So are Online Communities Places or Objects

I feel like the answer here has to be something like, they are objects (or specifically assemblages of hardware and software technologies and protocols) that produce place-like experiences. So, it makes sense to try and figure out what it is like to be “a redditor” or to study how redditors interact with eachother and the kinds of communities that emerge there. With that said, reddit isn’t a fieldsite. Reddit is software, a database, and a set of bits on a series of servers accessible over HTTP.

All of that stuff, those objects create and log communication in such a way that they take on place-like qualities. People lurk in some sub reddits, they build relationships with the folks they come into contact with, they develop some shared and conflicting ideas about the world. In short, people create cultures through the affordances of the technologies. That cultural component, the way people use these things, gets rolled back into changing the structure and nature of the technologies that afford the place like qualities.

A Note on Determinisms and Co-Construction

Importantly, this does not mean that they “co-construct” each other. Kozinets nods to this in the beginning of the book. The idea that the forces of technological determinism and social construction of technology have come together in a kumbaya moment where technology and culture each construct each other feels too wishy-washy. Objects and artifacts afford and resist, people interact and interpret (often drawing on their own cultural tool kits or their internal representations of generalized others) and the social or the cultural emerges through this network of actors and actants. That’s at least my best stab at this for now. So yes, it’s not an either or, but I think it’s too much of a gloss to say its co-construction

Open questions?

I’d love to hear how other folks parse out these distinctions. What kind of thing is an online community and where are the limits of talking about them as places, as cultures, as technologies and as documents? Do you agree with how I am parsing this out? Or do you think I’m way off base here?

Glitch, Circuit Bending & Breaking as a Way of Knowing

A big idea in the digital humanities is that building is a hermeneutic, an iterative interpretive process that leads toward knowing and understanding. I saw this great video on The Art of Glitch toady that made me think a bit more about how much breaking can is an essential related way of knowing. I realize I’m not necessarily breaking any new ground here, but I think these few examples I’ve pulled together do a nice job at getting at what it is we learn when we break the slick world of computing a bit.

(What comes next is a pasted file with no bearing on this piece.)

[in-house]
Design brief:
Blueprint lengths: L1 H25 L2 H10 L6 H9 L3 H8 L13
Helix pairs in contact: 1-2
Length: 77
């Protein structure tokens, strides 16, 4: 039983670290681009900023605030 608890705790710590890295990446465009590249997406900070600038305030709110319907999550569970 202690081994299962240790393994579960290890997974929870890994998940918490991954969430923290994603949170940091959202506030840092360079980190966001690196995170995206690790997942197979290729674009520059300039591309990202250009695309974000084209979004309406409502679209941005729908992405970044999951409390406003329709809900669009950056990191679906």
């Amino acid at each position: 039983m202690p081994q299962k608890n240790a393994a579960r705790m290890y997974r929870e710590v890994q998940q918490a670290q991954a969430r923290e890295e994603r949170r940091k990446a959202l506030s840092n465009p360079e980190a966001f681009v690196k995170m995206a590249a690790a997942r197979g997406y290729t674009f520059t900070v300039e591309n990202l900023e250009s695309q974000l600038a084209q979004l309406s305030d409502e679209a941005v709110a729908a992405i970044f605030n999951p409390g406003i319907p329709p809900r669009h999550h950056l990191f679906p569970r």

You should watch the whole thing, its’ great (you should also watch their video on Animated Gifs). But the part that I found most compelling was Scott Fitzgerald‘s basic demonstration of how to glitch some files (change a .mp3 to a .raw and open it in photoshop or open a .jpg in a text editor and delete some chunks of it. It’s fun, in that it is something you can follow along at home with, but the act of doing these things actually teaches something about the nature of digital files. He does a good job of explaining this in the following statement.

“Part of the process is empowering people to understand the tools and underlying structures you know what is going on in the computer. As soon as you understand the system enough to know why you’re breaking it then you have a better understanding of what the tool was built for.”

In short, breaking the files exposes their logic. In a way it helps us escape screen essentialism and see a different side of the nature of the files, file formats, compression algorithms, and structure of digital objects. The whole experience reminded me that I never got around to sharing some of the amazingly cool exhibit on circuit bending at Milwaukee’s Discovery Zone.

Breaking and Bending the Hardware

Circuit Bending at Discovery Zone

If you are unfamiliar, here is how Wikipedia describes Circuit Bending.

Circuit bending is the creative customization of the circuits within electronic devices such as low voltage, battery-powered guitar effects, children’s toys and small digital synthesizers to create new musical or visual instruments and sound generators.

Here is a little video I took of messing with the dials on the bent NES.

In this case, messing with the hardware is producing glitches. In this case, the artist (Luke Reddington) bent a series of different devices. He went in and put a bunch of toggles on this NES that lets you flip a bunch of different switches inside the device that no one is supposed to be messing around with.